Namibia has an incredible array of activities and excursions to suit all tastes and interests including hot air balloon trips and scenic flights; boat trips and kayaking; sky diving; quad biking; tracking black rhino on foot; game drives; bird watching; rock art and engravings; cultural tours to visit the Himba tribe; hiking; biking; desert tours; sand boarding; horse riding and fishing. If there are any particular activities or excursions you are interested in taking to enhance your holiday in Namibia do let our consultants know so we can incorporate these into your itinerary.
When it comes to travelling around Namibia there are basically three options – self-drive, flying around or a guided tour. Self-drive is a very popular way to explore Namibia and while some of the distances may be long, the roads, including the graded dirt roads found in much of the country, are generally in very good condition with little traffic. Opting to self-drive not only allows for flexibility in the planning of your trip but also means that you can explore at your own pace. Before you leave we will provide you with detailed driving directions to get you from A to B. Flying around Namibia may be the more expensive option but for those not inclined to hire a car or those who are on a tighter timescale this is a fantastic way to cover a lot of ground in a relatively short amount of time. Flying on light aircraft is not just a way of travelling from one place to another but rather is an experience in itself as you can view Namibia’s varied landscapes from above. A guided tour, whether on a private or small group basis, can be a very rewarding and informative way to travel as you learn about Namibia’s wildlife, history, politics, geology and more from your guide.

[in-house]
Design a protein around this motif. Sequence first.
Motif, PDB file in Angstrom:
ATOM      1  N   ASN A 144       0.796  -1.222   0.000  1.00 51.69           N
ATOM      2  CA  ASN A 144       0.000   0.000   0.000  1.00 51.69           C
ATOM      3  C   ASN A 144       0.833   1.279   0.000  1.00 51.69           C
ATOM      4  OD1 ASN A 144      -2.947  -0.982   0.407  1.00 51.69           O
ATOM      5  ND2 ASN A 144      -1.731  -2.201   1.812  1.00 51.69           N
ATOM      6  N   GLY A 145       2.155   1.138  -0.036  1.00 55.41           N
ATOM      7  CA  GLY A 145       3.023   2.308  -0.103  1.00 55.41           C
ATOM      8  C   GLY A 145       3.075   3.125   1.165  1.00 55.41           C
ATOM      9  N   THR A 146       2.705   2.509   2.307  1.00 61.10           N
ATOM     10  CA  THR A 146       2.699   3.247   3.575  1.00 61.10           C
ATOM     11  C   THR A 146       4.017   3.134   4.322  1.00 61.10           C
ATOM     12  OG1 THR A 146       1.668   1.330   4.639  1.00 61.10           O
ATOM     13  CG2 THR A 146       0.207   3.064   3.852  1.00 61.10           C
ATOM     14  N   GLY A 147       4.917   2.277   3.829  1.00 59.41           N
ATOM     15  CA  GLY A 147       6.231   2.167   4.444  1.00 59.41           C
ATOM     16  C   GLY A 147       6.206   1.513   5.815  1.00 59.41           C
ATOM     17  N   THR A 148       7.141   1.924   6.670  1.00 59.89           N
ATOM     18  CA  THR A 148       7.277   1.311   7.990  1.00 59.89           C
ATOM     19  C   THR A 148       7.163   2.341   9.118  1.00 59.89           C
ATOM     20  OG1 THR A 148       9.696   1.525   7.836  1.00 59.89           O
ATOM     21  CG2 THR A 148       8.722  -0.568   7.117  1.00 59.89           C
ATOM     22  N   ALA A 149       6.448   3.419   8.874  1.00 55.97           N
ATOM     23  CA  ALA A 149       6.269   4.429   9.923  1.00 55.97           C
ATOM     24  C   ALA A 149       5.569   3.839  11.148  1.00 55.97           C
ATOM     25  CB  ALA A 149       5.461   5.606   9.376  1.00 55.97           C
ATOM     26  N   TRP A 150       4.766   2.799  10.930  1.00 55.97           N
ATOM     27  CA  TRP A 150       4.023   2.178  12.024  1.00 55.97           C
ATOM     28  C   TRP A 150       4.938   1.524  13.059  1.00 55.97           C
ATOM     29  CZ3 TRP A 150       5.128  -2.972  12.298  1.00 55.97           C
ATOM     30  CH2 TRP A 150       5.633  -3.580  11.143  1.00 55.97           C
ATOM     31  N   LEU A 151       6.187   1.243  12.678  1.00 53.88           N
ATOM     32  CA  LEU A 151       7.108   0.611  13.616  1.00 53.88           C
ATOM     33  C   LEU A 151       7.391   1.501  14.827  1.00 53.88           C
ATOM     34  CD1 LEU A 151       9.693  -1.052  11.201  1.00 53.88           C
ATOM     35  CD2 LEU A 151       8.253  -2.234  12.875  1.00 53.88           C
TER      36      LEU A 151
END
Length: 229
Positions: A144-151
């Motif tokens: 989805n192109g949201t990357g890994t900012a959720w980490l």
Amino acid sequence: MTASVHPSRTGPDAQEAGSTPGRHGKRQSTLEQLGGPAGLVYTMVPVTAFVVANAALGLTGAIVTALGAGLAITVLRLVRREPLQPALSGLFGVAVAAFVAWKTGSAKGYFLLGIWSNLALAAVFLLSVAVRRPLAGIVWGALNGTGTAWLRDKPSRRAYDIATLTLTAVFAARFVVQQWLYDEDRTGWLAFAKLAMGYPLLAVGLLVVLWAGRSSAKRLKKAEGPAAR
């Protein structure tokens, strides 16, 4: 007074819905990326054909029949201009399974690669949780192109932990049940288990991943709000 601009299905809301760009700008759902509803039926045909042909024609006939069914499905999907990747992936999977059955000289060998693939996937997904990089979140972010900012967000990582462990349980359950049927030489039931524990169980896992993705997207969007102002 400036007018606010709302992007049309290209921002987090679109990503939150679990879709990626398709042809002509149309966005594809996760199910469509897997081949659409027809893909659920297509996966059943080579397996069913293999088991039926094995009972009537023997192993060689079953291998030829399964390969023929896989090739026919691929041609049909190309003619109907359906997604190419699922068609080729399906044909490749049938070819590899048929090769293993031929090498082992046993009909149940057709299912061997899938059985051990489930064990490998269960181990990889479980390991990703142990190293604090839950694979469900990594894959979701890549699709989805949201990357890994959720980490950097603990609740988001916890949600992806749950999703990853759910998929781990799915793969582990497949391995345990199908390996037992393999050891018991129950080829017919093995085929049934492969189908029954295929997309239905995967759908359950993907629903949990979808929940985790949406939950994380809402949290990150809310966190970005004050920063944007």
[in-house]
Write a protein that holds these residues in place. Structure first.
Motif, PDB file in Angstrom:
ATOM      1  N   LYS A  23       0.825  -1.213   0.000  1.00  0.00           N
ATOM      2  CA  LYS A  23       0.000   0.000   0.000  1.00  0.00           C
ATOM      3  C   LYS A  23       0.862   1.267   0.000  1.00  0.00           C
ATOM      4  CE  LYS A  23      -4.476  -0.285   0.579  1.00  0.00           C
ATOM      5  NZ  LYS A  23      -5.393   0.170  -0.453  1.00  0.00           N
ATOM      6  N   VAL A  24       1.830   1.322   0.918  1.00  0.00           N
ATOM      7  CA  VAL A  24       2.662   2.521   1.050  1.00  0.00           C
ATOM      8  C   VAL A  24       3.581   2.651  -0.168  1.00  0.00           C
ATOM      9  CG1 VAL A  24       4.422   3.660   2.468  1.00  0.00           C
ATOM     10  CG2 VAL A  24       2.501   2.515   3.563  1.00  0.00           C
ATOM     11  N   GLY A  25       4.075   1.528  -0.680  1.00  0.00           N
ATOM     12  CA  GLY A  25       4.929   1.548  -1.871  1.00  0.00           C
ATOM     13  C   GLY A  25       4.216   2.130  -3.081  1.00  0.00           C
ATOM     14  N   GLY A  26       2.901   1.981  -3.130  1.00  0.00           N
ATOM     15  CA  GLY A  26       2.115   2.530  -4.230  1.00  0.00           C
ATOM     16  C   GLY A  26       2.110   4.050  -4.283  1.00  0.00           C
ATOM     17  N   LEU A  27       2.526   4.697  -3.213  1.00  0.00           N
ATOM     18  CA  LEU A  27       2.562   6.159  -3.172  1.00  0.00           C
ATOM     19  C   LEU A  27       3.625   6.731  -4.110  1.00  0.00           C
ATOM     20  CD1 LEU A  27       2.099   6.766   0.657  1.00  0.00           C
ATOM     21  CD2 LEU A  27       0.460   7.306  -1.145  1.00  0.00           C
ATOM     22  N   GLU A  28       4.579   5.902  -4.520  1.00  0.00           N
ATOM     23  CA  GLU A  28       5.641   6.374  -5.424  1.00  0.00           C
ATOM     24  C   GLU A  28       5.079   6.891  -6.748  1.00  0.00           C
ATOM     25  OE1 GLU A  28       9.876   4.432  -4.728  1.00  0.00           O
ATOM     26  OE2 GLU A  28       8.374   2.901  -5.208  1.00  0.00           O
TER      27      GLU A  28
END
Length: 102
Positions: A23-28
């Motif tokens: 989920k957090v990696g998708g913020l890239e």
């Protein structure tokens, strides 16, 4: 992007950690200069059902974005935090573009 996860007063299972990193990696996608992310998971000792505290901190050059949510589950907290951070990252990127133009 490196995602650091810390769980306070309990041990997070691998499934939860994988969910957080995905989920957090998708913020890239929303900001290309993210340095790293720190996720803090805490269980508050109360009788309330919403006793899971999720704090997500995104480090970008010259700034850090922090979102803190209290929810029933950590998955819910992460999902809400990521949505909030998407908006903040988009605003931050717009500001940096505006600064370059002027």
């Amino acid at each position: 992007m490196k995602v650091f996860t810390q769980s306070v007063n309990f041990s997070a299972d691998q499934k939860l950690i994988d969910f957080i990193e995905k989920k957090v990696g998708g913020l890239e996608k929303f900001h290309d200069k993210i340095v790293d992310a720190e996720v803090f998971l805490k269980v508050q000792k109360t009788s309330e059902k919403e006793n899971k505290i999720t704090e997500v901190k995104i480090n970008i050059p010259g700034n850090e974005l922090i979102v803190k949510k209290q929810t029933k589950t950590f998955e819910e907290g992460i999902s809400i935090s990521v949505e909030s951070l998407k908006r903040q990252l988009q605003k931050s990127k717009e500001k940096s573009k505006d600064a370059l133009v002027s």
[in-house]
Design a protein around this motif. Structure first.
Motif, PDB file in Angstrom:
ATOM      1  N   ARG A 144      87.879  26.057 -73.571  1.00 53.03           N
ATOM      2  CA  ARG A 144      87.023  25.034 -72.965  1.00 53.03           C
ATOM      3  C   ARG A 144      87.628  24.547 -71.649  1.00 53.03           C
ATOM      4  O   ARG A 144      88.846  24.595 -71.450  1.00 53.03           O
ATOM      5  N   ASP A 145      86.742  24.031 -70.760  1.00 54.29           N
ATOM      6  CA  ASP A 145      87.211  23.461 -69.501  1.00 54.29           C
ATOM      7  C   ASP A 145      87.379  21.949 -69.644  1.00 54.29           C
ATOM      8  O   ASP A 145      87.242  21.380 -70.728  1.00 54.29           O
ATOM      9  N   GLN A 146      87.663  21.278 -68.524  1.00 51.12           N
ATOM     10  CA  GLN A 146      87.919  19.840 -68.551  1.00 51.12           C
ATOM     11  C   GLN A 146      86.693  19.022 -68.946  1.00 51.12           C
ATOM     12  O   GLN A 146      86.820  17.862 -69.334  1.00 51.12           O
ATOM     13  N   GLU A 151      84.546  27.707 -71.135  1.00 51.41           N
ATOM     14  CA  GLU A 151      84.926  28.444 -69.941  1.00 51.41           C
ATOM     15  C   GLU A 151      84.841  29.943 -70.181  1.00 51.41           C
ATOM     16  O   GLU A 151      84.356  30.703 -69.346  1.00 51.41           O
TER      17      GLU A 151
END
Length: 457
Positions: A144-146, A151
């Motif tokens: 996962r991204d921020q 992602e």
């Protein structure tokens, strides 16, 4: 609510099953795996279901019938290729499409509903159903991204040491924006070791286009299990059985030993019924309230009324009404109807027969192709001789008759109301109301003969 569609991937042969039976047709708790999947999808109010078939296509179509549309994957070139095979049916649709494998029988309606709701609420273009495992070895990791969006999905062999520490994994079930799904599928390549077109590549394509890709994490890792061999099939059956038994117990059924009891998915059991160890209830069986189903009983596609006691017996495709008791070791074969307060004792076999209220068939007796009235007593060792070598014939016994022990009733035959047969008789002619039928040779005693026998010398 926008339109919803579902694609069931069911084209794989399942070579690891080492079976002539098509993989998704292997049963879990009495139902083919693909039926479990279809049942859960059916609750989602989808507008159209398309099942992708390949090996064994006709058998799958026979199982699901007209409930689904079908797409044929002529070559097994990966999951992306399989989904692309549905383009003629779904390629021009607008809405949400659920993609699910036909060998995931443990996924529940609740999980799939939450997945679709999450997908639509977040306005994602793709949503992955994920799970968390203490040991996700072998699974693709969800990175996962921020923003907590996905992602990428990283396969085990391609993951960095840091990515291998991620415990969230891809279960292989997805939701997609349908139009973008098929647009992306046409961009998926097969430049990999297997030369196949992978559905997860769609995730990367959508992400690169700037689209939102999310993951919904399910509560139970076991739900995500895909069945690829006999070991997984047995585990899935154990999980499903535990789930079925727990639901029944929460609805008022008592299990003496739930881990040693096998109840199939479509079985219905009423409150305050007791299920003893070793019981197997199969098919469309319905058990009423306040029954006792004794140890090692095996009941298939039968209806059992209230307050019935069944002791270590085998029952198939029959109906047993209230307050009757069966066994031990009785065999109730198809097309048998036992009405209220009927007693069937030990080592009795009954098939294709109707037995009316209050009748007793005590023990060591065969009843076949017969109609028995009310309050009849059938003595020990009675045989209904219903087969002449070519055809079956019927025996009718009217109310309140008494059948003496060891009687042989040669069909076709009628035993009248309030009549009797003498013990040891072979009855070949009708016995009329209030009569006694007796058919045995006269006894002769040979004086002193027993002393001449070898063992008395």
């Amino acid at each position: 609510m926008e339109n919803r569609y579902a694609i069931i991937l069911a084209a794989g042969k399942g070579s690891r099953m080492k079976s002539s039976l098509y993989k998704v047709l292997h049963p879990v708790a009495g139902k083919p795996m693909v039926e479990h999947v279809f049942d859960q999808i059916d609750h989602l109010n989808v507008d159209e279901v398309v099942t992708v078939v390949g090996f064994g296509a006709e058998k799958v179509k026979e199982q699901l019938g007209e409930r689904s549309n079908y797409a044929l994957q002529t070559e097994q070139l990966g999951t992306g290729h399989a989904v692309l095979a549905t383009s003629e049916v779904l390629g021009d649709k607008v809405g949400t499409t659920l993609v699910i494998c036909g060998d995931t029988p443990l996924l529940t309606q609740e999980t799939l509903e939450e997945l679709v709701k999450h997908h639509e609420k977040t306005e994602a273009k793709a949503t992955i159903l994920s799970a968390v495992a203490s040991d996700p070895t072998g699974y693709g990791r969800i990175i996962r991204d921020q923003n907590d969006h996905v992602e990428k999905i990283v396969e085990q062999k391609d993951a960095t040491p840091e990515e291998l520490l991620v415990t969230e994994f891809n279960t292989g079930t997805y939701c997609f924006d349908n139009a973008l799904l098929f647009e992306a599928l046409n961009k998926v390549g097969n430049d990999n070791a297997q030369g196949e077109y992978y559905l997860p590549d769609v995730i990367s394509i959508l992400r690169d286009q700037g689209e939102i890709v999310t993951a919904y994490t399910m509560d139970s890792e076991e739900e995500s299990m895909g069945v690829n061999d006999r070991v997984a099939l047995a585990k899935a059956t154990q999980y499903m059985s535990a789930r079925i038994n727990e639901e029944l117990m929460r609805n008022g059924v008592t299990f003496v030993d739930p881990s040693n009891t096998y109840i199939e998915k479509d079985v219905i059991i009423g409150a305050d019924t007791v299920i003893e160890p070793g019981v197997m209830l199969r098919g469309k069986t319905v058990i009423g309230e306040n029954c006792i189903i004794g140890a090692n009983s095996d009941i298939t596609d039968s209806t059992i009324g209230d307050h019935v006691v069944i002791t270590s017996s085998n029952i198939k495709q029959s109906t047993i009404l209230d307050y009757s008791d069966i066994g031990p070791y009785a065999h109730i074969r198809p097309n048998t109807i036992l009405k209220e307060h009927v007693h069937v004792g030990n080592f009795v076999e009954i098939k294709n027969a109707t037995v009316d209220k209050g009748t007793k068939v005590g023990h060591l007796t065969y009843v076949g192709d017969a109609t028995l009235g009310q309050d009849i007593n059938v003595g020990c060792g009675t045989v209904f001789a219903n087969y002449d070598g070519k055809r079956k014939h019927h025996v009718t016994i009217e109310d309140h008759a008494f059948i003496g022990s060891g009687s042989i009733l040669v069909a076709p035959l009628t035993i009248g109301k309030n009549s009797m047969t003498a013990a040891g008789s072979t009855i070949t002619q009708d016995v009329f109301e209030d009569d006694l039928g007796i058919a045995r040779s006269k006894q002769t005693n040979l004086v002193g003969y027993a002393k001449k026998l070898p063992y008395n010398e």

When on safari neutral bush colours of green and khaki are recommended and wearing layers allows you to remain comfortable as conditions change throughout the day. When travelling in winter warm jackets are essential for evenings and early mornings. Coastal areas such as Swakopmund can be cool and breezy at any time of year. A hat to keep off the sun is recommended at any time of year. A camera with spare memory cards is a must to capture your wildlife encounters and Namibia’s spectacular scenery. Binoculars are also essential especially for close up viewing of the wonderful variety of birdlife that you will see.
A trip to Namibia may involve flights on light aircraft with limited baggage space. Luggage is usually limited to a total of 20kgs per person including hand luggage and one small, soft-sided bag as hold luggage. For safety reasons and the planning purposes of the charter company we will usually ask for the weight of each passenger on booking.
Many nationalities including UK and US passport holders do not require a visa.
The local currency is the Namibian Dollar which is pegged 1:1 to the South African Rand which is also legal tender here. ATMs can be found throughout the country and most shops, restaurants and hotels accept credit cards. For self-drivers it is recommended to carry enough cash for a full tank of fuel. Cards can be used at many petrol stations but for those where that is not possible, or if the card machine is not working, it is best to have cash to hand.
We always recommend you speak to your doctor or a travel clinic before your trip. Some parts of Namibia including Etosha and Caprivi are malarial areas so anti-malaria prophylactics should be taken.
If you are interested in booking a safari holiday to Namibia, please get in touch with our Africa Travel experts on 020 7843 3500 and they can start planning your dream holiday to Namibia today.